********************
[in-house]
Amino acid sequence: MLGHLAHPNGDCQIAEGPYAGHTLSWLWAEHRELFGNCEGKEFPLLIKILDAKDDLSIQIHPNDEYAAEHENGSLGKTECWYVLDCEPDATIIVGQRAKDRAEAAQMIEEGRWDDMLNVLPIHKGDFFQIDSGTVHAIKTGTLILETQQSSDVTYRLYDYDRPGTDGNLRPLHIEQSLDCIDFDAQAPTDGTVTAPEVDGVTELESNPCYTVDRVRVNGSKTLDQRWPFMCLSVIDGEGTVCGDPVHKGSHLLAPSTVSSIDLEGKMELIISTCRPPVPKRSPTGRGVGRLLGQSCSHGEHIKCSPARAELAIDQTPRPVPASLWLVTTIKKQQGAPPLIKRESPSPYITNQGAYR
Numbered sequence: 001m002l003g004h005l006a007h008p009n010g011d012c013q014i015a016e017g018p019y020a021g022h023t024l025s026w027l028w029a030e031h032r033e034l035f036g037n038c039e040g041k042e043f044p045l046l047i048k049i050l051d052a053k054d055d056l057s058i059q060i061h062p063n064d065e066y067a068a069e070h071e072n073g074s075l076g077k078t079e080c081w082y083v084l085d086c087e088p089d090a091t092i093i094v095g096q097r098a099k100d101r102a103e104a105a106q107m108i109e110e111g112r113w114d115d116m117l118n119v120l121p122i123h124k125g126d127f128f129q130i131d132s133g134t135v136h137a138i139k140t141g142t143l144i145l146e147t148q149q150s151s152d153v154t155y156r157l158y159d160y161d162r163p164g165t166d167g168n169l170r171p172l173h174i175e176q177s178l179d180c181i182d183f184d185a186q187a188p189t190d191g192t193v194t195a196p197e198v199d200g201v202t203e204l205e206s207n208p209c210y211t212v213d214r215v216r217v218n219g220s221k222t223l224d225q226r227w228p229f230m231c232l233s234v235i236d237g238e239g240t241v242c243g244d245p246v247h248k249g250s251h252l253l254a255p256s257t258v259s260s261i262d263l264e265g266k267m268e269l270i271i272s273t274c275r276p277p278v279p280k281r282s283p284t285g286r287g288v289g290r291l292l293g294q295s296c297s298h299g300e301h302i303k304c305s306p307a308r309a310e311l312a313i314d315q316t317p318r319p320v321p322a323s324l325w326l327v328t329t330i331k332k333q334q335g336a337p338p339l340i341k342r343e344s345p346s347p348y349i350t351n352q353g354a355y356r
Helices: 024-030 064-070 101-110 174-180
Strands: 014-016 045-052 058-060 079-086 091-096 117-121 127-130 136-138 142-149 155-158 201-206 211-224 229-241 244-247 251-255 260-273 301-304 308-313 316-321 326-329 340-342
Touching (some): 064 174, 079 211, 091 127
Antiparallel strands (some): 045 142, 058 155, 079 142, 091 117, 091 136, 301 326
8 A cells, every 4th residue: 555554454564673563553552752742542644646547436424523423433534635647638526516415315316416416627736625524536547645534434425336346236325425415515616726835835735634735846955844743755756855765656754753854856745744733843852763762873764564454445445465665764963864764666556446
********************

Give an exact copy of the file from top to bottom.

[in-house]
Amino acid sequence: MLGHLAHPNGDCQIAEGPYAGHTLSWLWAEHRELFGNCEGKEFPLLIKILDAKDDLSIQIHPNDEYAAEHENGSLGKTECWYVLDCEPDATIIVGQRAKDRAEAAQMIEEGRWDDMLNVLPIHKGDFFQIDSGTVHAIKTGTLILETQQSSDVTYRLYDYDRPGTDGNLRPLHIEQSLDCIDFDAQAPTDGTVTAPEVDGVTELESNPCYTVDRVRVNGSKTLDQRWPFMCLSVIDGEGTVCGDPVHKGSHLLAPSTVSSIDLEGKMELIISTCRPPVPKRSPTGRGVGRLLGQSCSHGEHIKCSPARAELAIDQTPRPVPASLWLVTTIKKQQGAPPLIKRESPSPYITNQGAYR
Numbered sequence: 001m002l003g004h005l006a007h008p009n010g011d012c013q014i015a016e017g018p019y020a021g022h023t024l025s026w027l028w029a030e031h032r033e034l035f036g037n038c039e040g041k042e043f044p045l046l047i048k049i050l051d052a053k054d055d056l057s058i059q060i061h062p063n064d065e066y067a068a069e070h071e072n073g074s075l076g077k078t079e080c081w082y083v084l085d086c087e088p089d090a091t092i093i094v095g096q097r098a099k100d101r102a103e104a105a106q107m108i109e110e111g112r113w114d115d116m117l118n119v120l121p122i123h124k125g126d127f128f129q130i131d132s133g134t135v136h137a138i139k140t141g142t143l144i145l146e147t148q149q150s151s152d153v154t155y156r157l158y159d160y161d162r163p164g165t166d167g168n169l170r171p172l173h174i175e176q177s178l179d180c181i182d183f184d185a186q187a188p189t190d191g192t193v194t195a196p197e198v199d200g201v202t203e204l205e206s207n208p209c210y211t212v213d214r215v216r217v218n219g220s221k222t223l224d225q226r227w228p229f230m231c232l233s234v235i236d237g238e239g240t241v242c243g244d245p246v247h248k249g250s251h252l253l254a255p256s257t258v259s260s261i262d263l264e265g266k267m268e269l270i271i272s273t274c275r276p277p278v279p280k281r282s283p284t285g286r287g288v289g290r291l292l293g294q295s296c297s298h299g300e301h302i303k304c305s306p307a308r309a310e311l312a313i314d315q316t317p318r319p320v321p322a323s324l325w326l327v328t329t330i331k332k333q334q335g336a337p338p339l340i341k342r343e344s345p346s347p348y349i350t351n352q353g354a355y356r
Helices: 024-030 064-070 101-110 174-180
Strands: 014-016 045-052 058-060 079-086 091-096 117-121 127-130 136-138 142-149 155-158 201-206 211-224 229-241 244-247 251-255 260-273 301-304 308-313 316-321 326-329 340-342
Touching (some): 064 174, 079 211, 091 127
Antiparallel strands (some): 045 142, 058 155, 079 142, 091 117, 091 136, 301 326
8 A cells, every 4th residue: 555554454564673563553552752742542644646547436424523423433534635647638526516415315316416416627736625524536547645534434425336346236325425415515616726835835735634735846955844743755756855765656754753854856745744733843852763762873764564454445445465665764963864764666556446